When Baltimore was ablaze last year following the funeral of Freddie Gray, many establishments, schools and even churches shut down for days fearing the violence outside.
A local library, sitting at the epicenter of the riots over the death of a black man in police custody, stayed open so residents would have safe haven from the chaos. The library's director, Carla Hayden, made the call to throw open the library doors when so many others closed.
"We knew the people would count on the library being open," Hayden said in an exclusive interview with NBC News. "There were people waiting to get in, to use the computers, to apply for jobs. There were children that couldn't go to school. There were people that needed to find resources that just needed a place to be and there was this oasis right in the middle of all of that unrest."
On Wednesday, Hayden was sworn-in to take the reins of the illustrious Library of Congress — the 216-year-old repository harboring the country's most sacred and revered historical works.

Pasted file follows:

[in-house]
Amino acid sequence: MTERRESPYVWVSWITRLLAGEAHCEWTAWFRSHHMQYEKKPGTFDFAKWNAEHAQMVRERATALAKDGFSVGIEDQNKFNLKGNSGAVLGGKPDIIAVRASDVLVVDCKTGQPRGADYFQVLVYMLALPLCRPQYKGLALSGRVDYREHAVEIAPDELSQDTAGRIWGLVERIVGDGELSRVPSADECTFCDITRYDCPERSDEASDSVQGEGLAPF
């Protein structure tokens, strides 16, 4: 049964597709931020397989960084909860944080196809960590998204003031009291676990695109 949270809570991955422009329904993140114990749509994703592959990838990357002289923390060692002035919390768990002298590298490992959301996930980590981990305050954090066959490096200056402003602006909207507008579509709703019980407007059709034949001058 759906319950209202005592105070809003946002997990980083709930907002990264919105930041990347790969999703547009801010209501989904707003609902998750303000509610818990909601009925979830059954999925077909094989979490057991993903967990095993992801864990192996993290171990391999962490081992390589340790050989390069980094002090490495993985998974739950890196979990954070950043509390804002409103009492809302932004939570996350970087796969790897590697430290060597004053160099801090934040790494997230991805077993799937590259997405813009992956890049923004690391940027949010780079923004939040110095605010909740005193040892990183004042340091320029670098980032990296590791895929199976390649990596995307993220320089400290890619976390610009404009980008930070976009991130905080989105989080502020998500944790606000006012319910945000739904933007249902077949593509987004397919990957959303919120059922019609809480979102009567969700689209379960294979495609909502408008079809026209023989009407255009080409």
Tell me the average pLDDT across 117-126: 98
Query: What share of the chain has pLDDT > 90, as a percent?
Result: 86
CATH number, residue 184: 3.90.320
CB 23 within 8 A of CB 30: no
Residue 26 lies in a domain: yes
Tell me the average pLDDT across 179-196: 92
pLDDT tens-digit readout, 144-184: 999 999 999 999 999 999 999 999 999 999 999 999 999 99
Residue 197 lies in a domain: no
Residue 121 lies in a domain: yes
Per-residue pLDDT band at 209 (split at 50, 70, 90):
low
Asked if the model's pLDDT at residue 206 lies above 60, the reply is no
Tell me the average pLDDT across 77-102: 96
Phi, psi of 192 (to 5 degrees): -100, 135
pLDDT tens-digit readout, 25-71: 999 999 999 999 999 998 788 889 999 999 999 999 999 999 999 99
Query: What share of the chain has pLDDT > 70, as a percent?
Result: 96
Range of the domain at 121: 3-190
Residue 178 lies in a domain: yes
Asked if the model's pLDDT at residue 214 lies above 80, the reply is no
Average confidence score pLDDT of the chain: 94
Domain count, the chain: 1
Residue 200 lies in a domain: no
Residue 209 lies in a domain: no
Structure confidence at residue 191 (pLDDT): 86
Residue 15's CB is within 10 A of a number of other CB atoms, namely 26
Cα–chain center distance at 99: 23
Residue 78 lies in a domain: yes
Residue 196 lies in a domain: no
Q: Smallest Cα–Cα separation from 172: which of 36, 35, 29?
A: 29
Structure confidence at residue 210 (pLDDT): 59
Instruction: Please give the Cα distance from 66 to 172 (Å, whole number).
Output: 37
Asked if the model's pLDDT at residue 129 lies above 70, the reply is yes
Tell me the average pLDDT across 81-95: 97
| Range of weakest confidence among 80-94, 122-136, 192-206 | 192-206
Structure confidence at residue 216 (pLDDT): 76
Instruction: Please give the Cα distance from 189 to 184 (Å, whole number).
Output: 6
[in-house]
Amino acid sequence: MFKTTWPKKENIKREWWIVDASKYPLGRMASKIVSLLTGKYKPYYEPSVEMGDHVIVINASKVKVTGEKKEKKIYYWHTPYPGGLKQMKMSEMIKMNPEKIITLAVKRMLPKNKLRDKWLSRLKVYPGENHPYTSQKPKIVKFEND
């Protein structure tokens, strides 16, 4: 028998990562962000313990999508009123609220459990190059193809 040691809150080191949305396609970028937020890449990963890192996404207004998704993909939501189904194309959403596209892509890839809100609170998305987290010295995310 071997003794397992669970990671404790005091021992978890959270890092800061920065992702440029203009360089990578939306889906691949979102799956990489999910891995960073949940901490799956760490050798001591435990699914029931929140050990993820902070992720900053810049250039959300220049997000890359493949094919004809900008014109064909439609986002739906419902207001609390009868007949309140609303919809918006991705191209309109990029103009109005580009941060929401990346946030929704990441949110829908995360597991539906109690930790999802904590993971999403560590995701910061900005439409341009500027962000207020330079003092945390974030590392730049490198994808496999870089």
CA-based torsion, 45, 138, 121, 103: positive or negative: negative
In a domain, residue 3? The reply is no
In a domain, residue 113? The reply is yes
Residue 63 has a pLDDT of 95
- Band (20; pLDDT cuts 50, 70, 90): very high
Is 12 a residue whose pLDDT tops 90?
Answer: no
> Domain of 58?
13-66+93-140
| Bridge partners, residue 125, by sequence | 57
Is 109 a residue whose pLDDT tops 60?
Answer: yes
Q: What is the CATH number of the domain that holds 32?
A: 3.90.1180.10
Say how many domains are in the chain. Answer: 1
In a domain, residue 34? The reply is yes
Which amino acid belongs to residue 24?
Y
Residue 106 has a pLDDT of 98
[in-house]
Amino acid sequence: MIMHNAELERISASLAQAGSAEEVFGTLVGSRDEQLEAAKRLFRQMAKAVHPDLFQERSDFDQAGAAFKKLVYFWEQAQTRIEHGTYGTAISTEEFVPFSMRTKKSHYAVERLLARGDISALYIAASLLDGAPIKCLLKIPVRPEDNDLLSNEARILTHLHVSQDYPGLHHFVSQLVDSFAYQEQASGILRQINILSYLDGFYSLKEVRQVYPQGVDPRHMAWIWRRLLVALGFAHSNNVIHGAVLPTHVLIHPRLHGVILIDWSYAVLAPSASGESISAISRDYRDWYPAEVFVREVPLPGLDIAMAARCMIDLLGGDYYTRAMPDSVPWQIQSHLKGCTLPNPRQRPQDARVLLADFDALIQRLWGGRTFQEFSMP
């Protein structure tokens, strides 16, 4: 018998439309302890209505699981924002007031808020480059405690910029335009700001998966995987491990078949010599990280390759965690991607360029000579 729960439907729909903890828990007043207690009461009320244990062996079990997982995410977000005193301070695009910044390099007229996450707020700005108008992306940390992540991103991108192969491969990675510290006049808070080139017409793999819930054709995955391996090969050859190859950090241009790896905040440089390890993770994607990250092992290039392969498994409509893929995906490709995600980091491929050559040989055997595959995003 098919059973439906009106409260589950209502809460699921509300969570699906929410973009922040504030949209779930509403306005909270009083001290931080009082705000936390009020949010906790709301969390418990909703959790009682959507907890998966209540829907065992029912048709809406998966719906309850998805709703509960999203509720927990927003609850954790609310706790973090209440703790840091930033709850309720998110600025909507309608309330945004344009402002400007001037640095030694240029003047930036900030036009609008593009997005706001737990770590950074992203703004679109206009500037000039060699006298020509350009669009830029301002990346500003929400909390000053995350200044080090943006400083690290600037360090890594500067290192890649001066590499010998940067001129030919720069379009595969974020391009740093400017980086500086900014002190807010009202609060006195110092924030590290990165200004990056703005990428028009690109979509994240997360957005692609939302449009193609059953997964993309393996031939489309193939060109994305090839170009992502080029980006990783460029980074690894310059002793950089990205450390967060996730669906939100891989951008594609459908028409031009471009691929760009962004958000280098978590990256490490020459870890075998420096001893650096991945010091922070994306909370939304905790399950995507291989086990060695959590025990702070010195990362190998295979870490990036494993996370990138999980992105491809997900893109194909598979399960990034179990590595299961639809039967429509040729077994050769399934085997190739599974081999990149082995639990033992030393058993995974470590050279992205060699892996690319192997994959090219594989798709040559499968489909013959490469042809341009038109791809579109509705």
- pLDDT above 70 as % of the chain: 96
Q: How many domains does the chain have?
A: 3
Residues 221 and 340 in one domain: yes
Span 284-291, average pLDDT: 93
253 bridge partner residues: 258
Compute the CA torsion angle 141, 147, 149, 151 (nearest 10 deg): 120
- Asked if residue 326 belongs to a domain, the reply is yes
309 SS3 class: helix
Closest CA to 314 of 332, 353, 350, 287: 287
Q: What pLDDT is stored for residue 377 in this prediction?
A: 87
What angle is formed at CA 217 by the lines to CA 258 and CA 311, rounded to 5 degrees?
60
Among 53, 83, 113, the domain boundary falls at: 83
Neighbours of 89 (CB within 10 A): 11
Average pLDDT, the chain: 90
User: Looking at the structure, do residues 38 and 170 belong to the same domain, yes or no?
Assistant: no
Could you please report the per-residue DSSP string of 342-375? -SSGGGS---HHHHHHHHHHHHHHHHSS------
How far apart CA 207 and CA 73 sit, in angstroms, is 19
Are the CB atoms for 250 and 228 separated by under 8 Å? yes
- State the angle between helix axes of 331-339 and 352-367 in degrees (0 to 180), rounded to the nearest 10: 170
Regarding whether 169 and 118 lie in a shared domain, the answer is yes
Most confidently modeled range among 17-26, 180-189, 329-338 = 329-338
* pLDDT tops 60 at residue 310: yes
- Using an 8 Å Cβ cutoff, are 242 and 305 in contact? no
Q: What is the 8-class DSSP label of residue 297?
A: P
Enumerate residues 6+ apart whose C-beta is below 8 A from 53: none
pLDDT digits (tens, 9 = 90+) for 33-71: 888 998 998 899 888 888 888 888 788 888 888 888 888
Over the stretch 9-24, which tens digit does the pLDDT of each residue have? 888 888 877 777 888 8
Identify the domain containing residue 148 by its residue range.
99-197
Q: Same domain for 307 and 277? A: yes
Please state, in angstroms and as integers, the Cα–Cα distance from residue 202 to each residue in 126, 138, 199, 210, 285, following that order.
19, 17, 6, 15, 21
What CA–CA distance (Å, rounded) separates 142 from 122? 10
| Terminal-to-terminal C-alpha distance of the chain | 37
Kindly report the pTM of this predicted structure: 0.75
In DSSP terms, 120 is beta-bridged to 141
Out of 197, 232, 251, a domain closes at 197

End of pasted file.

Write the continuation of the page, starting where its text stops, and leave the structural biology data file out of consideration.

Hayden becomes the first woman to hold the position, which dates back to the origin of the nation, and the first African-American in the role.
She is one of only 14 people to ever hold the position. The U.S Senate confirmed Hayden as librarian of Congress earlier this year.
Hayden said she profoundly felt the historic significance of the moment and spoke of how African Americans were once "punished with lashes and worse for learning to read."
"As a descendant of people who were denied the right to read, to now have the opportunity to serve and lead the institution that is the national symbol of knowledge, is a historic moment," Hayden told those gathered at the Library of Congress for the swearing-in ceremony.
She placed her hand on a Bible used by Abraham Lincoln, which President Barack Obama also used during his inauguration, and was sworn in by Supreme Court Chief Justice John Roberts. Her mother looked proudly on.